Meme culture: a barrier for online discussion


Terry Tan | Senior Staff Illustrator

By Mariam Shalaby | Columnist

Occasionally, as I scroll through my Instagram feed, I find a meme to show my mom. Yesterday, I texted her a photo of a cat poking its head comically through the crack of a door with the caption, “When I hear my parents talking about me in another room.”

My go-to conversation starter when I text my cousin who lives in Egypt is a funny meme — the internet-adopted slang term for a funny or timely viral image, sometimes with words pasted on it. Somehow, memes connect us across the Atlantic. One day, it may be Joe Biden and Barack Obama joking about locking Donald Trump out of the White House. Another, it may be Kermit the Frog urging you to give into temptation.

I love seeing people laugh or smile in response to something witty, funny or just plain ridiculous. But at the same time, I’ve noticed meme culture has evolved past that entirely.

Memes have become a simplified form of communication, in both purely social as well as political discussions. We use them today both online and in person.

While meme culture provides a succinct and intuitive method of expressing one’s opinion or sentiment — political or otherwise — it also trains us to abandon our skills of articulate and considerate argumentation and instead rely on a mode of expression that never truly gets to the point of what we want to say.

Almost every year, my family and our relatives from my mother’s side of the family, the Tans, gather for Thanksgiving dinner. As a child, my aunt once told me in a serious tone, “Mariam, there are three things you should never talk about at the dinner table: death, religion and politics.”

I didn’t get it. What were we supposed to talk about — especially if not politics?

I suppose my aunt meant to keep our dinner conversations civil. My grandmother had recently passed away at the time, and the sting of her death was still raw. My family is Muslim and her family is Catholic, so perhaps my aunt saw potential for discord there. And our families’ political opinions did not align either.

But despite this, we did talk about death, religion and politics. It was uncomfortable at times, but we learned a lot about each other and from each other as well. I truly attribute this to the efforts we all made to kindly present our opinions with clarity and articulation.

This past holiday, something different happened. We sat around the dining table, as usual, but there was one word that made its debut appearance: meme.

“Did you see the meme where the black bear sitting at a picnic table, fork and knife in hand, says ‘Black, white, Mexican, Asian, gay, straight, Christian, Muslim … all taste like chicken?’”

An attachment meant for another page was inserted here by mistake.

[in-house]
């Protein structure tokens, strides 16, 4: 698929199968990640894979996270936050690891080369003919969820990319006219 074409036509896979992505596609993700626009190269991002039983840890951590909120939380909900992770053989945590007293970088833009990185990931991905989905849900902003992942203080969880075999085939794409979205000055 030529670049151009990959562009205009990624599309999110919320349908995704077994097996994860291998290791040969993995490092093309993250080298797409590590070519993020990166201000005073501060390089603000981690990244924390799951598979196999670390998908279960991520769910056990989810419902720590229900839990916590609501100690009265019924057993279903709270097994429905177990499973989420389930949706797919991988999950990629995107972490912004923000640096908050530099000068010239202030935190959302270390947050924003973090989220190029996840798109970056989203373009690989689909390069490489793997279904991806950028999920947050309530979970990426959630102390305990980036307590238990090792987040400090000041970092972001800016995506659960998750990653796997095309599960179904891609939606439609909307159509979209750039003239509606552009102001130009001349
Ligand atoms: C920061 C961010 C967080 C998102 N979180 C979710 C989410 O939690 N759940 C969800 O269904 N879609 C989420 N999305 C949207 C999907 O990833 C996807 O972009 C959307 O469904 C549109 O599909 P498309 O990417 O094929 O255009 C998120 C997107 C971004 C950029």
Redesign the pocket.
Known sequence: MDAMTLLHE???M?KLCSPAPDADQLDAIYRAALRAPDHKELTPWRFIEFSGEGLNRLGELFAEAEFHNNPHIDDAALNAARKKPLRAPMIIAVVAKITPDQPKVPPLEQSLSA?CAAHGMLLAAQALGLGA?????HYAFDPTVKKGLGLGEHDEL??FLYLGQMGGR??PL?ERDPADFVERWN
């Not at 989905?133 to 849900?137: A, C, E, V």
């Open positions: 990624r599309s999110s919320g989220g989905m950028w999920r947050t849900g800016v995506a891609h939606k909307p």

“Have you all seen the meme about Joe Biden being sad to leave the White House?”

“What about that one with the …” and so on and so forth. We were all laughing together, and there was no discomfort, but the substance seemed lacking.

Aside from my family being so late to hop on the train of meme culture, there was something a little off-putting to me about our interaction that night. And I see it happening everywhere, not just at home. My classmates at Pitt constantly scroll through meme after meme, showing them to each other.

I can’t even remember the last time I heard two people on the internet truly discussing issues with each other — without the escape route that is referring to a meme instead of expressing a personal opinion verbally.

And if there is online discussion, it’s not long before I see someone divert the serious conversation by posting a meme or GIF in response. In fact, a majority of my news feed consists of viral videos and memes that contribute little to the public discussion except for offering a few laughs. When memes become a replacement for true argumentation and collaborative discourse, you can be sure that the art of language is dying.

Some may argue that the proliferation of meme culture and memes as a means of communication is not the death of language but the evolution of it. I disagree — while memes are great for fun and games, they are not a good replacement for an actual expression of ideas.

They provide us with the satisfaction of conveying our opinions in a light and fun way, without the discomfort that comes with trying to assert our opinions in serious, constructive ways. Not only do we rid ourselves of discomfort through this simplistic messaging style, we also begin to lack the confidence necessary for expressing our own thoughts, delineating the beauty of a real discussion.

Before meme culture, we were forced to develop the skill and confidence necessary to engage in considerate, compassionate and well-thought-out arguments. While we may not have completely lost the ability to learn from each other, ask ourselves questions about our convictions and tweak them when necessary, the internet has certainly made it increasingly easy to ignore these steps altogether. And with a screen in front of us shielding the direct contact we have with one another, it gives us an outlet to be more hostile without any consequences.

Ultimately, developing opinions is part of being human. But memes are just as easy to brush away as they are to show to someone. So the connections we used to make and the questions we used to ask about our thoughts are lost.

No one is forced to truly consider a meme’s underlying message, but we do truly consider the sincere opinions our friends express to us. There is a time and a place for everything. We need to encourage discourse amongst ourselves and our peers instead of resorting to memes and viral videos as a substitute.

Kermit the Frog may say “That’s none of my business,” but what we really should be saying is, yes, my opinions are my business, but let’s have a discussion.

Mariam Shalaby primarily writes on social change and foreign culture for The Pitt News.

Write to her at [email protected]